My husband, son, and I had Christmas in Atlanta with family and before I knew it, we had moved to Seattle. We landed on a Thursday and by the following Monday, January 7, 2019, I received an email from the publisher! I had a book offer.
I was excited. This was my third book offer. The first was from a small publisher that I found while participating in a Twitter pitch contest. I researched the publisher more thoroughly and then I passed. The second was a small publisher that looked great. I LOVED their covers and their books had a lot of Kindle reviews. I searched a bit more… I found that they did not allow for gay main characters. I hit the brakes, “Screeeeeech!” I turned down that book offer, too.
So here I was, with my third book offer, and you know what they say, “Third time’s a charm!” It was January 7th, 2020, and I had a book offer. Yippee!
I couldn’t keep my book on Kindle, so I unpublished it. I saw the warning box stating that I wouldn’t be able to have another pre-order on Kindle for a whole year. I gulped and took my book off of Kindle, anyway.
Steps I Took to Get a Literary Agent
I didn’t want to work with a publisher directly. I really wanted a literary agent to protect me and help with contract negotiations. I was now on the hunt for an agent.
This was a much easier season of querying literary agents for two reasons. The first reason was because my husband and I were no longer trying to conceive. It was quite disheartening getting a monthly no from the baby fairies and a no from the literary agent fairies.
The second reason it would be easier querying now was because I could now use the subject line, “Offer on the Table from Publisher for YA Fantasy Novel.”
It worked! I got a NYC agent that I had previously avoided because they were so big. I remember getting the call from the agent when I was in the library with my toddler son. It was an amazing feeling.
I basked in this new level of existence. I had a publisher AND agent. My ego loved this! I had my inner indie author voice question a few things, and I ignored that voice.
Why I Turned Both Down and Embraced Being an Indie Author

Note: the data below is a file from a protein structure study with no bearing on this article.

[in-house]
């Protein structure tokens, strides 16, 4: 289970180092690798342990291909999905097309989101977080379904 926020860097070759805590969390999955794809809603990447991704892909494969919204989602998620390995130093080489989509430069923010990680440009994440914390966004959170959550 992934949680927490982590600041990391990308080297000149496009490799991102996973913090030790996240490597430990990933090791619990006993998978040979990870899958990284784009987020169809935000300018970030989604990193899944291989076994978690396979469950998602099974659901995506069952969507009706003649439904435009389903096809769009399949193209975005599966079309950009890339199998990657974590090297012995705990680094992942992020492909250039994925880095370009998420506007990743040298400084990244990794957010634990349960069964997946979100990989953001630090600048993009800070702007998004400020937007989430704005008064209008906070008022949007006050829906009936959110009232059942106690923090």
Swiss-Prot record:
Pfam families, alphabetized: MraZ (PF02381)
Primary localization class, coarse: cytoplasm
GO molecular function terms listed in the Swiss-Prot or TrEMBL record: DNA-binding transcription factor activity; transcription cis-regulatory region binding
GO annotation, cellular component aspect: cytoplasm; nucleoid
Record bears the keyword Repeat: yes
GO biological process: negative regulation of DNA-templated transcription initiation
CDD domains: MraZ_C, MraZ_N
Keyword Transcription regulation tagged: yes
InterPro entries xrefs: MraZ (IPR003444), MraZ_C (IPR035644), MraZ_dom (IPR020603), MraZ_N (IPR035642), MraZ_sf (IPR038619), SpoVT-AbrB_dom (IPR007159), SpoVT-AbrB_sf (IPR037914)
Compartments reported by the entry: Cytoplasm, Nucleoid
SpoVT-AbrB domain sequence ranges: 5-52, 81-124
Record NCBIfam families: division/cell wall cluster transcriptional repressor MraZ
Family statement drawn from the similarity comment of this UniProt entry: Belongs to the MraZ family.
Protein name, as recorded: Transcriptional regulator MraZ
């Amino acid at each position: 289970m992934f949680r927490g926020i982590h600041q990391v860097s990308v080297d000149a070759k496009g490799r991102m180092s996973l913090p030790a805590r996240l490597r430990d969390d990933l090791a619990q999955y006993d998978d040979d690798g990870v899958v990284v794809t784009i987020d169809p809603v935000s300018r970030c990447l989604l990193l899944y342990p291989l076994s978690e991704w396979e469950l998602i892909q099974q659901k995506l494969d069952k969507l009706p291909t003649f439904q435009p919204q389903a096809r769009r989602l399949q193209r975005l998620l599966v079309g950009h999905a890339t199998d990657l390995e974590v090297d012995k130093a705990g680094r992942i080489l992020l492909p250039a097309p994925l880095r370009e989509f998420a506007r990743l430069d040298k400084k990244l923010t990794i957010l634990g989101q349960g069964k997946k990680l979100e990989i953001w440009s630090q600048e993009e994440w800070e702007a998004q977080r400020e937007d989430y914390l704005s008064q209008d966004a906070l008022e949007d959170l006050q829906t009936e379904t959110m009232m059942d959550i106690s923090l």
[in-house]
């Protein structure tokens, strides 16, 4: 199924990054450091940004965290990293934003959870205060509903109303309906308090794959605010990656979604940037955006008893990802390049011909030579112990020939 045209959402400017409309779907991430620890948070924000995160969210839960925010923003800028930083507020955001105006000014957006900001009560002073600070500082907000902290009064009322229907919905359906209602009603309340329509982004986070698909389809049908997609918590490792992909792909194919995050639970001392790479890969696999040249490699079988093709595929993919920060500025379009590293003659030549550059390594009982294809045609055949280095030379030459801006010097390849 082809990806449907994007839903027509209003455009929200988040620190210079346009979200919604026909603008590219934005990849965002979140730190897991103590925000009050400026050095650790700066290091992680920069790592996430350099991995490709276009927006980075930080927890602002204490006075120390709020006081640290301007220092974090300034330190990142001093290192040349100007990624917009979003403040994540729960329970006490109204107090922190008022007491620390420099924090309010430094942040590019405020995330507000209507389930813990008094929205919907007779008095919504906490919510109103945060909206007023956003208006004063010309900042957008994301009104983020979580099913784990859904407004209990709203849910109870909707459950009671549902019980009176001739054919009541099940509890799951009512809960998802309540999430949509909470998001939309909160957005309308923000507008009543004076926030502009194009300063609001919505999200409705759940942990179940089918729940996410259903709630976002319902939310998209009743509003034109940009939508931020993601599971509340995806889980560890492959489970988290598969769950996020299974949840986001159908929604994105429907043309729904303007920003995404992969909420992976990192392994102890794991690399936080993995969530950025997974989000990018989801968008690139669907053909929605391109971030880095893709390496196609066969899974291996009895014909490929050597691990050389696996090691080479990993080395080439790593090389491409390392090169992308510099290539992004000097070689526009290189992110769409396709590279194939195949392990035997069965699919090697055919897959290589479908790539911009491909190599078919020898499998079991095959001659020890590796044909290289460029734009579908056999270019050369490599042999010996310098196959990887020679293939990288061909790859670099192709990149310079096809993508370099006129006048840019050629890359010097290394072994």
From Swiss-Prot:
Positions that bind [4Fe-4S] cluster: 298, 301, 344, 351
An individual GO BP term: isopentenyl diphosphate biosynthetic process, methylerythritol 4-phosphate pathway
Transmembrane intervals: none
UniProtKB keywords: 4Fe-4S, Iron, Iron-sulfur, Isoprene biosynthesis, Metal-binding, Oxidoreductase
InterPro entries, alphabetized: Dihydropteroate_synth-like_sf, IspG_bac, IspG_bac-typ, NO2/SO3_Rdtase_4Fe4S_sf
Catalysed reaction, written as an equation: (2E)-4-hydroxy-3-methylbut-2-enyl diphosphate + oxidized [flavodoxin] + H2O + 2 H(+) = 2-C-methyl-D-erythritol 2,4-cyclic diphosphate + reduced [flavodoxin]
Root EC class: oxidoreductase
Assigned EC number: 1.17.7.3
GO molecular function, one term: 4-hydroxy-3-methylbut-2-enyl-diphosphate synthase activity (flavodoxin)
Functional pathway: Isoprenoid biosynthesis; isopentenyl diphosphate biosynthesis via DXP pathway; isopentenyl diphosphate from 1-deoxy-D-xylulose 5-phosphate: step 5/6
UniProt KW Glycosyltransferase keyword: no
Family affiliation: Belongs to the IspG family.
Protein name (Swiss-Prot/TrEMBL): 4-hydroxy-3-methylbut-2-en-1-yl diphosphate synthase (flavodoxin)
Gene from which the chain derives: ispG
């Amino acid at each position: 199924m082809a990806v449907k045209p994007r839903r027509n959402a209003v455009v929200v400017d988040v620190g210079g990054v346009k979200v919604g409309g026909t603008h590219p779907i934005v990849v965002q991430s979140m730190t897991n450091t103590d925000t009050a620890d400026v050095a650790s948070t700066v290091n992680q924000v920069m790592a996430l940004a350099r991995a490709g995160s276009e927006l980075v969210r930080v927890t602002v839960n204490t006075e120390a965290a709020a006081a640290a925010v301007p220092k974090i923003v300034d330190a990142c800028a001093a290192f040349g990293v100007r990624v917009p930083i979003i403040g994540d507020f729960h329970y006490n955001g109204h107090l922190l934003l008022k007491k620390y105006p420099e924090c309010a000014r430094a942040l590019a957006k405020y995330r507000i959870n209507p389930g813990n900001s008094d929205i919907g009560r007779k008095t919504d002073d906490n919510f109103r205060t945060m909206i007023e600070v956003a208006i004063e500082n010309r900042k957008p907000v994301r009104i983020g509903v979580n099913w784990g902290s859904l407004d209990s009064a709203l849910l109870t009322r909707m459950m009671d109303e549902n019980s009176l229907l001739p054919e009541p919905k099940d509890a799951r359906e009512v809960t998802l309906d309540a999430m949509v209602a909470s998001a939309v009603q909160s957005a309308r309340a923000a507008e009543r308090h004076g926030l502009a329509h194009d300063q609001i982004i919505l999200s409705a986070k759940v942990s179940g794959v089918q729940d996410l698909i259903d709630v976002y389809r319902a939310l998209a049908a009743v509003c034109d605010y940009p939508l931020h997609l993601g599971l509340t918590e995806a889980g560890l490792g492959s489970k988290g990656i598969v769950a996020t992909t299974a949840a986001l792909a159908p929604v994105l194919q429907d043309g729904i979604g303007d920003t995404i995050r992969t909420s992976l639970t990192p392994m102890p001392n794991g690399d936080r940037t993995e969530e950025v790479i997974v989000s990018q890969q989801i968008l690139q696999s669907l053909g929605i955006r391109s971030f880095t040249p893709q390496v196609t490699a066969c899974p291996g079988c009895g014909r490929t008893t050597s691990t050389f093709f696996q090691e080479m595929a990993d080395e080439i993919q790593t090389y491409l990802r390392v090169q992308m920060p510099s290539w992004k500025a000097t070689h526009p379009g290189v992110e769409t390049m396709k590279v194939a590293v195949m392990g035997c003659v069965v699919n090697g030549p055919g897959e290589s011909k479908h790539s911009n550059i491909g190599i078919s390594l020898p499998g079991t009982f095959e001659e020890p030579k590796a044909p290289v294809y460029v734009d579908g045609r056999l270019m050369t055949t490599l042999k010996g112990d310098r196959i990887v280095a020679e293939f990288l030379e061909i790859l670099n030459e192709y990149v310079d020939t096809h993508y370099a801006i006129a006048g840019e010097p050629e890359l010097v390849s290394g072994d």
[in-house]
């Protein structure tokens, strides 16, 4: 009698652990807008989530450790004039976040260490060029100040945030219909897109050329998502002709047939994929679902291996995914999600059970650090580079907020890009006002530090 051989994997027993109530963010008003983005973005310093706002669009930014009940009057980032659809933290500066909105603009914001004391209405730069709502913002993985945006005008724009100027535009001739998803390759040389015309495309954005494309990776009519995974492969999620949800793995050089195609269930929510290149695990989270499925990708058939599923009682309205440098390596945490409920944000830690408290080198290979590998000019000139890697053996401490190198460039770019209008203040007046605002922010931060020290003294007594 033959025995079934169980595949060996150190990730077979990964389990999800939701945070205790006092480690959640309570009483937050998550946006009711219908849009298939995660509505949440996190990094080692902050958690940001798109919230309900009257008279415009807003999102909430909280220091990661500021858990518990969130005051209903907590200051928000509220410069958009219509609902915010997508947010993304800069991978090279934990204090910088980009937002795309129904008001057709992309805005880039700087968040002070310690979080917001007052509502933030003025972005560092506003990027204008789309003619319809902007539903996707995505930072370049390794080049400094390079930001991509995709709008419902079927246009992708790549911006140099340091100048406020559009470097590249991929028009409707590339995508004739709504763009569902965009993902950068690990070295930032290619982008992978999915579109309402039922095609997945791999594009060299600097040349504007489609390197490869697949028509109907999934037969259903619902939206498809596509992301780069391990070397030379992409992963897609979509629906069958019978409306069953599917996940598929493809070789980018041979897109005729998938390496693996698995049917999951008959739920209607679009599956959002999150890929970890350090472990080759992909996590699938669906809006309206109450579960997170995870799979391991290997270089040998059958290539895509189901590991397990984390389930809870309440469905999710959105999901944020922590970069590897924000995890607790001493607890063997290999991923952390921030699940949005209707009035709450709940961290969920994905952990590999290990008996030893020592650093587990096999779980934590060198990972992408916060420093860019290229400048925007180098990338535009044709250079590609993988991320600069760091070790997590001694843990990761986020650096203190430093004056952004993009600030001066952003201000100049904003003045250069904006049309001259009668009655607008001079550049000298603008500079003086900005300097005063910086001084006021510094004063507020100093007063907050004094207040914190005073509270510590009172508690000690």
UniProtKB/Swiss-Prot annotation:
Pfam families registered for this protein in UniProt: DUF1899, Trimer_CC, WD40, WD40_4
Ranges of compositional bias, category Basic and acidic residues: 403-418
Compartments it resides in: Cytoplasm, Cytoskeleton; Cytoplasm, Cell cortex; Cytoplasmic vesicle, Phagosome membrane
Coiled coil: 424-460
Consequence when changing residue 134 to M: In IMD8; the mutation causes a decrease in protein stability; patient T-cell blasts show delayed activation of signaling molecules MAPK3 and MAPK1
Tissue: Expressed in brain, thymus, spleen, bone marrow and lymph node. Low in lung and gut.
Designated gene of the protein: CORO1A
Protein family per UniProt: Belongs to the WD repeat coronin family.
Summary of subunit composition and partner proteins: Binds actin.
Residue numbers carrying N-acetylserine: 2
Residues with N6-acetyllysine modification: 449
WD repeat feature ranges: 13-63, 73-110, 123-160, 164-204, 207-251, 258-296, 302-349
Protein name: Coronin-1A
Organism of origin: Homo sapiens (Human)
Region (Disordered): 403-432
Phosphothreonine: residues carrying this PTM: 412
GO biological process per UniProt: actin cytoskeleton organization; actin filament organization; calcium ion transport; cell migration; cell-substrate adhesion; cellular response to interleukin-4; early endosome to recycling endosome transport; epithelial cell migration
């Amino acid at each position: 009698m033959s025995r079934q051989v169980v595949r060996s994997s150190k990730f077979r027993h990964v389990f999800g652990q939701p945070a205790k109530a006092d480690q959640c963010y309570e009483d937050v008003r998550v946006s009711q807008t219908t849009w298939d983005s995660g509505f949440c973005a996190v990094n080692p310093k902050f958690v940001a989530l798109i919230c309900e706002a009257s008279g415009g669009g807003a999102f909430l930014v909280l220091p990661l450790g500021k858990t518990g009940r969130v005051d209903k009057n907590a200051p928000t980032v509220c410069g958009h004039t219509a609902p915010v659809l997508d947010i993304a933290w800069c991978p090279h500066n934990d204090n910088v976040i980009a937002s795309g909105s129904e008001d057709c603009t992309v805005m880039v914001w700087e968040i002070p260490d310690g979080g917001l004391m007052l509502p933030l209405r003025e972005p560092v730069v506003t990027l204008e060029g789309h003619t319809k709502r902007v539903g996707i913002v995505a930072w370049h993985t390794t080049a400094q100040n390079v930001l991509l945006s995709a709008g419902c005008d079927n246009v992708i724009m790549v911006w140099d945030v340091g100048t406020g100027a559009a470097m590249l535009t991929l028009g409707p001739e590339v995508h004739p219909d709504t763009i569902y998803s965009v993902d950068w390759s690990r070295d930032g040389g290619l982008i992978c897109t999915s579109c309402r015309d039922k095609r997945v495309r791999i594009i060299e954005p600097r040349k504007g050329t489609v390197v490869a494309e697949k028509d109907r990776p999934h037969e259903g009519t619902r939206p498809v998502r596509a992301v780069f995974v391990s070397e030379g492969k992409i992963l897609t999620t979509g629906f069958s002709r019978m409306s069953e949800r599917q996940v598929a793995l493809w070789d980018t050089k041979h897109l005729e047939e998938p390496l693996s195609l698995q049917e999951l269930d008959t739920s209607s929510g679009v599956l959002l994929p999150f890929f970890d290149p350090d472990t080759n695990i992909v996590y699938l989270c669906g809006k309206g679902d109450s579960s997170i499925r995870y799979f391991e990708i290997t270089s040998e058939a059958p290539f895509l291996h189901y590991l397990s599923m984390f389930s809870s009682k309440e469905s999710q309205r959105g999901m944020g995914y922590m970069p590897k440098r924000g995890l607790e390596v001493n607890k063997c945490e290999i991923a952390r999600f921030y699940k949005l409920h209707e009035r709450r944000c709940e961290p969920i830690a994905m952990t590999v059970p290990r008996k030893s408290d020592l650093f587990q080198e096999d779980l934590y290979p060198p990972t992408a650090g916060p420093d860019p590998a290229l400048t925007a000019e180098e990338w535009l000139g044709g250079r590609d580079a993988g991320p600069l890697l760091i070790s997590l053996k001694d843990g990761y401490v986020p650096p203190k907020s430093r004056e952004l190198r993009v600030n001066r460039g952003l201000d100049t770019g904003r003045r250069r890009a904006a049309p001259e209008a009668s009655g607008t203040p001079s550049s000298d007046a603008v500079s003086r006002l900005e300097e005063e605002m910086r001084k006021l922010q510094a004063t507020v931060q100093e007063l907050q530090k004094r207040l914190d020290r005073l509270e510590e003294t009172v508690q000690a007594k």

Time rolled on and the contract took a while to come to me. I had time to do more research and reflect on what I truly wanted. I didn’t want to give my rights away and be left wishing I’d never signed with a publisher. I was losing sleep and driving my husband and sisters crazy.
I realized I wanted more than a publisher and an agent. I wanted the right publisher and agent.
Someone whom I trust talked with me and listened as I finally described how I really felt. They are an expert in the industry and I felt confident expressing my thoughts. After the talk, I realized that a part of me already knew what I had to do.
My L.A.L.A. Method
Learn- Give yourself time to learn and RESEARCH.
Analyze- Take stock of what is IMPORTANT to you.
Listen- Listen to your inner voice, EVEN when you don’t want to.
Accept- Accept yourself and celebrate your truth. Reach your goals YOUR way. Don’t walk someone else’s path.
Why it’s Important to Listen to Your Inner Voice
Ok. Deep breath.
I sent the email that I needed to send and amicably severed ties with both agent and publisher.
What was I going to do now?
I love my book, THE WITCH OF BELLE FLEUR, and I really wanted to get it to readers. I promised myself to get my book out there.
I remembered all the resources I had around me and that I was not alone. The amazing Women in Publishing Summit pass that I had purchased was one of my resources that has helped me as I plan my book launch. Alexa Bigwarfe, host of the summit, has been so inspirational and helpful to me as an author. This has helped me with time management, creativity and marketing strategies.
Also, I’ve discovered StoryOrigin. It’s worth a visit and the founder, Evan, is very helpful. The site helps authors build email lists, boost sales, and find reviewers.
At the end of the day, this is your writing career.
My journey was long. I even had a baby in the middle of this book! Save yourself time by using the L.A.L.A. Method above and reach all the amazing writing goals you have set for yourself!
A big hug!